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    • Those words don’t imply the existence of a substantial and significant body of professional knowledge, that can be codified and communicated *prior to classroom experience*. Rather, they imply that the only professional knowledge one can amass is a hit and miss gathering from trial and error over many years, dependent also in part upon having the good fortune to be placed alongside colleagues sufficiently willing and able to support that development.

      So, I have to repeat the question: do you really intend to imply that no such body of professional knowledge can or could exist within teaching?

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      • suecowley says:

        If I have to explain what I mean, then I didn’t write this properly or you didn’t read it properly. You have to take from it what you believe is there. Show, not tell.

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        • Well the first sentence is tautologically correct, the second is questionable (I’m not so much interesting in making up what you said, as understanding clearly what you are trying to say), and I can’t see how the third is relevant…

          What you seem to be saying, is ‘no-one can tell you how to teach, you have to figure it out for yourself.’ I heard this from several academics during training. In my opinion, it is the single most dangerous and destructive idea in education today. It leads to a mockery of a training regime in which no-one is trained, no-one is qualified in any real sense of the word, and every teacher must waste years of young people’s lives scrambling into a position where they can finally teach effectively.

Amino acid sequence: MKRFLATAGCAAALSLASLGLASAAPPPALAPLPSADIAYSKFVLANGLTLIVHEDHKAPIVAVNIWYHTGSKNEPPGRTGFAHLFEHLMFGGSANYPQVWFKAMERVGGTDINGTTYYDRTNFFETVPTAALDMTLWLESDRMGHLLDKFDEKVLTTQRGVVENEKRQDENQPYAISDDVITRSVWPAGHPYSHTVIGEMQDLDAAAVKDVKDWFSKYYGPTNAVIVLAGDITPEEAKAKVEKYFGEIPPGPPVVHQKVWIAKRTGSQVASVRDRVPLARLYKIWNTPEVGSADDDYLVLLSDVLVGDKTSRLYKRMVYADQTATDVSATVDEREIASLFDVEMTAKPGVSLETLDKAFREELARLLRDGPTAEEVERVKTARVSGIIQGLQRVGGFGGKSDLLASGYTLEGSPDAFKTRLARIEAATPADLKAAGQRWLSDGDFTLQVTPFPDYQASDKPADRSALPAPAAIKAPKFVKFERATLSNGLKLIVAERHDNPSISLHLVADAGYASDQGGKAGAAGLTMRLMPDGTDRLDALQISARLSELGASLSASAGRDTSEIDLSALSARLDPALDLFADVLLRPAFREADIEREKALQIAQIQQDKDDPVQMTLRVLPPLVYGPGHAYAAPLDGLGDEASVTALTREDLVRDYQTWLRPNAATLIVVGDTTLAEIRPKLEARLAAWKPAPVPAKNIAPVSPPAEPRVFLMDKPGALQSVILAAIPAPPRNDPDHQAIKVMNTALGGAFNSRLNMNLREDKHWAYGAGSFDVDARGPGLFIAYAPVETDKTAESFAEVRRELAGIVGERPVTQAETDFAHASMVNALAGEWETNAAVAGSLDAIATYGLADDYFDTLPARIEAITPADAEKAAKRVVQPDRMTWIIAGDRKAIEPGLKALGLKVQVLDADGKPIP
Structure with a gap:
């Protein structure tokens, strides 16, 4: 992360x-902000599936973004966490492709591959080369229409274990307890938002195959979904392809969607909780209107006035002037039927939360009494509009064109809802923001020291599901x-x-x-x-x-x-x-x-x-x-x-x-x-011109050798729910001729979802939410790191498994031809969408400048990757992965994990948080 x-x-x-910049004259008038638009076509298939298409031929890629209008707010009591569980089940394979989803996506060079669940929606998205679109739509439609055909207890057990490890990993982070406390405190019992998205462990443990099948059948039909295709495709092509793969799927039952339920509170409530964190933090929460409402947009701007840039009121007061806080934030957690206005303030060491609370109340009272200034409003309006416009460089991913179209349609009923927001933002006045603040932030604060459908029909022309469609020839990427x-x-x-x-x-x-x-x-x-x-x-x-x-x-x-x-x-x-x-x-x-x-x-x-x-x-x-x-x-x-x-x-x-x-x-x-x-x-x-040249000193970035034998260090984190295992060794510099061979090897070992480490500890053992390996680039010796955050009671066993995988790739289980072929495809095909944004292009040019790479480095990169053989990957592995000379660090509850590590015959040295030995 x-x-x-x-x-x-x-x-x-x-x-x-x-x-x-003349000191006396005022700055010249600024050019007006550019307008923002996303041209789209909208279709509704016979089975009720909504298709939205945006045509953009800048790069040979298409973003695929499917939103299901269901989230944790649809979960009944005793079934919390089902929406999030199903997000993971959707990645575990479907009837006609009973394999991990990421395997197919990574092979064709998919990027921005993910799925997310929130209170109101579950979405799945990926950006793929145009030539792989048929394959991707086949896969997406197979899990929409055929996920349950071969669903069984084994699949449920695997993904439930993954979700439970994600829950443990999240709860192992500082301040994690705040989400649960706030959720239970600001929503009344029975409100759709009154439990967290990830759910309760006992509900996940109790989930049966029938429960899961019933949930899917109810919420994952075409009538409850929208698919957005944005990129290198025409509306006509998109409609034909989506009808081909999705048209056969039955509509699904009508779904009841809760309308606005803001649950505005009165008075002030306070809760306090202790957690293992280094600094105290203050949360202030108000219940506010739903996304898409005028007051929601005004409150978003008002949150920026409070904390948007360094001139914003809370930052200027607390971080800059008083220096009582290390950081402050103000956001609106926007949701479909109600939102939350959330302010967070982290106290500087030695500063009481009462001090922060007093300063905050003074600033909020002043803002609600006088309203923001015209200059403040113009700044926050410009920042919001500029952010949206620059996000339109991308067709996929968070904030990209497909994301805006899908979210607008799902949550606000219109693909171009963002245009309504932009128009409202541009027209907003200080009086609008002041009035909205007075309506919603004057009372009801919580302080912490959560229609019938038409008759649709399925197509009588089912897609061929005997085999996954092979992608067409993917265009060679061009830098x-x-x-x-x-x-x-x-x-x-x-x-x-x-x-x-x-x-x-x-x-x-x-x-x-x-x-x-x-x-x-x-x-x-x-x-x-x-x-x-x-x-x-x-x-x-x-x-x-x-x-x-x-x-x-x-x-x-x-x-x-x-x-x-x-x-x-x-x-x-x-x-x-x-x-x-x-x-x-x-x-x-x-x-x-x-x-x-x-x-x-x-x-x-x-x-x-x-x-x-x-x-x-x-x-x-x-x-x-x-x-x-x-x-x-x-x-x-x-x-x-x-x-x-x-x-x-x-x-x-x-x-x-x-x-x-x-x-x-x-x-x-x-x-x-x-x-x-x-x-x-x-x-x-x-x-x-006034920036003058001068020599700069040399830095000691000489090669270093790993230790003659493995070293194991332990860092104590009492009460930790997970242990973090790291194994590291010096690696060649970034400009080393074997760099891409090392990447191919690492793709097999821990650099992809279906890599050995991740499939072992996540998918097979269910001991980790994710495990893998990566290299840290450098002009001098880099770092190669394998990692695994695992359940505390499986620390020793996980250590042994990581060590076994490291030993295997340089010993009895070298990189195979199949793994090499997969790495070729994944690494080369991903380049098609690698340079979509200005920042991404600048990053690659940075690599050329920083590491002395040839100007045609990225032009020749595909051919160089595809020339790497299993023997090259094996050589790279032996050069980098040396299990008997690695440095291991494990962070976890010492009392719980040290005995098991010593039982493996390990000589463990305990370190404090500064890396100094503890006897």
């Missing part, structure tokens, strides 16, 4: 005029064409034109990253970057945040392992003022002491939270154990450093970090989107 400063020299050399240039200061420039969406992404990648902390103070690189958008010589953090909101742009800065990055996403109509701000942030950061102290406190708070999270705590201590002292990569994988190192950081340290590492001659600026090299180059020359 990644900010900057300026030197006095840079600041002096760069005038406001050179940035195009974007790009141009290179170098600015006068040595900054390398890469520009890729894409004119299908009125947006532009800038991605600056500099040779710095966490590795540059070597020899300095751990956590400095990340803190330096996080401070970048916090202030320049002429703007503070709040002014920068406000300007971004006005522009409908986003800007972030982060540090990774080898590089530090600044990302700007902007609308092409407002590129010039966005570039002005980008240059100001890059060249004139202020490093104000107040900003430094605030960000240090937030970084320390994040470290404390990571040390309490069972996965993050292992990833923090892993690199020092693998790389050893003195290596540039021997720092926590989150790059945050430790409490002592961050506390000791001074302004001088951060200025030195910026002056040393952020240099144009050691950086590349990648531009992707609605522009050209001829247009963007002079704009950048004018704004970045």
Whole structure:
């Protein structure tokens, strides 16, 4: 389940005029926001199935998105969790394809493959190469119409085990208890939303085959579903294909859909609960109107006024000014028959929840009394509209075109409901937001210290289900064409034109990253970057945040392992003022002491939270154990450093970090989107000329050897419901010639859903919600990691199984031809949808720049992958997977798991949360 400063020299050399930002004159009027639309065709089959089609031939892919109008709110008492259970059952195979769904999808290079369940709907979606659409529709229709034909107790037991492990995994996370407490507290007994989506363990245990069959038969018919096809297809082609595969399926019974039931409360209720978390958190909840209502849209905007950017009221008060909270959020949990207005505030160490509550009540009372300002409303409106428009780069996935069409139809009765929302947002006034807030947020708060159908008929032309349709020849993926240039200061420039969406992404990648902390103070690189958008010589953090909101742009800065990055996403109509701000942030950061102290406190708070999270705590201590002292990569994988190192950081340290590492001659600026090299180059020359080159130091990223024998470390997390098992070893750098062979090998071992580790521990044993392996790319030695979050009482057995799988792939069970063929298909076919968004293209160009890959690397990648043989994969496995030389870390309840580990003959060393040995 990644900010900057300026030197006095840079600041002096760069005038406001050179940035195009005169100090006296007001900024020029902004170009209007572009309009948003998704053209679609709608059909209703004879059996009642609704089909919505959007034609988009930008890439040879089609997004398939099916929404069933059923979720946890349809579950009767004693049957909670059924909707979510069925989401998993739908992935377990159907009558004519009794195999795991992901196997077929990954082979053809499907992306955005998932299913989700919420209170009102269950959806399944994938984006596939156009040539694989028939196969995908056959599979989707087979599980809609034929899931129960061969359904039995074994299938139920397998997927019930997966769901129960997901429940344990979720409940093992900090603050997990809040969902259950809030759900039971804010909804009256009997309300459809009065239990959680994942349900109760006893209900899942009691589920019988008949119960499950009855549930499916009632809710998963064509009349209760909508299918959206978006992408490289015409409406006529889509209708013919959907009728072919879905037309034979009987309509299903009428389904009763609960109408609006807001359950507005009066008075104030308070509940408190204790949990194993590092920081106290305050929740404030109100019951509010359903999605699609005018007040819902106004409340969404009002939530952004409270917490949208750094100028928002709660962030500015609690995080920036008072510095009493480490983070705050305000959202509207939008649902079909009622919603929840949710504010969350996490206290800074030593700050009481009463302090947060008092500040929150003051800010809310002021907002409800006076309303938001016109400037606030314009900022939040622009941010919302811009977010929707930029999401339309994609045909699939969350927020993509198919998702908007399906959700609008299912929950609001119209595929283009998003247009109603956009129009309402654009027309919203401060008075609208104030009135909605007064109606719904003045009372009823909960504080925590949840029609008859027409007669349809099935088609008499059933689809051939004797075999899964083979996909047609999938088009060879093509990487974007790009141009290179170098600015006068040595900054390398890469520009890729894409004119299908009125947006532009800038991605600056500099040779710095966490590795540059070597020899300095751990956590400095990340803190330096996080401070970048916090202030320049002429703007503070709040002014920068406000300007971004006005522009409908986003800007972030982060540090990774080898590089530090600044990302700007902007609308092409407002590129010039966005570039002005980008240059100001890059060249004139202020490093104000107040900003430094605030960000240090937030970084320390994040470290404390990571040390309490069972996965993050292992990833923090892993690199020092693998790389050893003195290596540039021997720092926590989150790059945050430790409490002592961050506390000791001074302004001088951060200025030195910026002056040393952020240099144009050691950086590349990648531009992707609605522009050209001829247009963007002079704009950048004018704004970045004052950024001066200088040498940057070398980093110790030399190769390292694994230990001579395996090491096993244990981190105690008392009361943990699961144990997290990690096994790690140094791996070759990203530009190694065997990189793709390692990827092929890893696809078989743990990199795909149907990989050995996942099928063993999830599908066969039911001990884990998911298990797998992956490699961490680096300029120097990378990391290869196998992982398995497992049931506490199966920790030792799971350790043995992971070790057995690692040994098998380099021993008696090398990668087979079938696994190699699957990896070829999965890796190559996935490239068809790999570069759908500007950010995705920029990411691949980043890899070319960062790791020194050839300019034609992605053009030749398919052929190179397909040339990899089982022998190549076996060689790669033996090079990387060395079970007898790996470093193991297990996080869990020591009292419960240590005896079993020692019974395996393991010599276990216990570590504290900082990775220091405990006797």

It may well be that, as in any job, there is much to be gained from experience. To say therefore that there is nothing to be learnt except through personal experience, that *every single teacher* must teach in some unique, new-found way that uniquely ‘works for them’, however, strikes me as a remarkable detachment from reality.

          I was trying to clarify if that really was what you were trying to say, rather than risk building a straw man…

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  3. essexnqt says:

    Reblogged this on Diary of an NQT and commented:
    This has made me feel so much better! My head is currently making comments about my ability to teach because I am not teaching in the formulaic way he wants!